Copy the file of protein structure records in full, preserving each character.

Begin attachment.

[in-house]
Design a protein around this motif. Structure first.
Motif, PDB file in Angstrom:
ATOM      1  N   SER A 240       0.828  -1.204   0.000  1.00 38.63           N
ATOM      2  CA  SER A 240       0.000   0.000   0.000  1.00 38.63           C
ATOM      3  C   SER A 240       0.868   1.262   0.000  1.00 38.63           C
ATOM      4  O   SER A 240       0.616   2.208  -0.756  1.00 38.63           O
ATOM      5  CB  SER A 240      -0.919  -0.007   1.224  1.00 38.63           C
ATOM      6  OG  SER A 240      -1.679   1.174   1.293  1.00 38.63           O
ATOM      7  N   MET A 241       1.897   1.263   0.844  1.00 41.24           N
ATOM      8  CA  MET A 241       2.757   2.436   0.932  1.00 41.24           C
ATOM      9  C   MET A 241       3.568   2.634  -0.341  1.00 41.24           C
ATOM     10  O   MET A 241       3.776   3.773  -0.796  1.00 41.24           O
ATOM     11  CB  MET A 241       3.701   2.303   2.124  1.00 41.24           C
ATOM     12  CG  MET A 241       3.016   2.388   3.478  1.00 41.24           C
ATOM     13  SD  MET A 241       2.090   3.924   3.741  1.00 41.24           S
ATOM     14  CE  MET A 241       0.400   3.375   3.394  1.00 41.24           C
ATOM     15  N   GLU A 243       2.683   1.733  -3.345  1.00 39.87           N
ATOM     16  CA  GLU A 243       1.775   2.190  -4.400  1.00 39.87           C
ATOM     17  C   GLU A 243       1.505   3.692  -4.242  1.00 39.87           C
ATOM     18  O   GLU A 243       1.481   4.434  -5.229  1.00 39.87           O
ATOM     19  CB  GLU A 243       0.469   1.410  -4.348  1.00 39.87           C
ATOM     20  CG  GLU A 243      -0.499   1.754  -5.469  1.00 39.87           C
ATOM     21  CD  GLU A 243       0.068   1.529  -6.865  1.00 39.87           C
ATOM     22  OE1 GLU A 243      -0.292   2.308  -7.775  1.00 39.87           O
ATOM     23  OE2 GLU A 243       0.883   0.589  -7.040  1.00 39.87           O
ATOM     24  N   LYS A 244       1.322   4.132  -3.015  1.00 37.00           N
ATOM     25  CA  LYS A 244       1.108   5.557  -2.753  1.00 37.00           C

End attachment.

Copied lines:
[in-house]
Design a protein around this motif. Structure first.
Motif, PDB file in Angstrom:
ATOM      1  N   SER A 240       0.828  -1.204   0.000  1.00 38.63           N
ATOM      2  CA  SER A 240       0.000   0.000   0.000  1.00 38.63           C
ATOM      3  C   SER A 240       0.868   1.262   0.000  1.00 38.63           C
ATOM      4  O   SER A 240       0.616   2.208  -0.756  1.00 38.63           O
ATOM      5  CB  SER A 240      -0.919  -0.007   1.224  1.00 38.63           C
ATOM      6  OG  SER A 240      -1.679   1.174   1.293  1.00 38.63           O
ATOM      7  N   MET A 241       1.897   1.263   0.844  1.00 41.24           N
ATOM      8  CA  MET A 241       2.757   2.436   0.932  1.00 41.24           C
ATOM      9  C   MET A 241       3.568   2.634  -0.341  1.00 41.24           C
ATOM     10  O   MET A 241       3.776   3.773  -0.796  1.00 41.24           O
ATOM     11  CB  MET A 241       3.701   2.303   2.124  1.00 41.24           C
ATOM     12  CG  MET A 241       3.016   2.388   3.478  1.00 41.24           C
ATOM     13  SD  MET A 241       2.090   3.924   3.741  1.00 41.24           S
ATOM     14  CE  MET A 241       0.400   3.375   3.394  1.00 41.24           C
ATOM     15  N   GLU A 243       2.683   1.733  -3.345  1.00 39.87           N
ATOM     16  CA  GLU A 243       1.775   2.190  -4.400  1.00 39.87           C
ATOM     17  C   GLU A 243       1.505   3.692  -4.242  1.00 39.87           C
ATOM     18  O   GLU A 243       1.481   4.434  -5.229  1.00 39.87           O
ATOM     19  CB  GLU A 243       0.469   1.410  -4.348  1.00 39.87           C
ATOM     20  CG  GLU A 243      -0.499   1.754  -5.469  1.00 39.87           C
ATOM     21  CD  GLU A 243       0.068   1.529  -6.865  1.00 39.87           C
ATOM     22  OE1 GLU A 243      -0.292   2.308  -7.775  1.00 39.87           O
ATOM     23  OE2 GLU A 243       0.883   0.589  -7.040  1.00 39.87           O
ATOM     24  N   LYS A 244       1.322   4.132  -3.015  1.00 37.00           N
ATOM     25  CA  LYS A 244       1.108   5.557  -2.753  1.00 37.00           C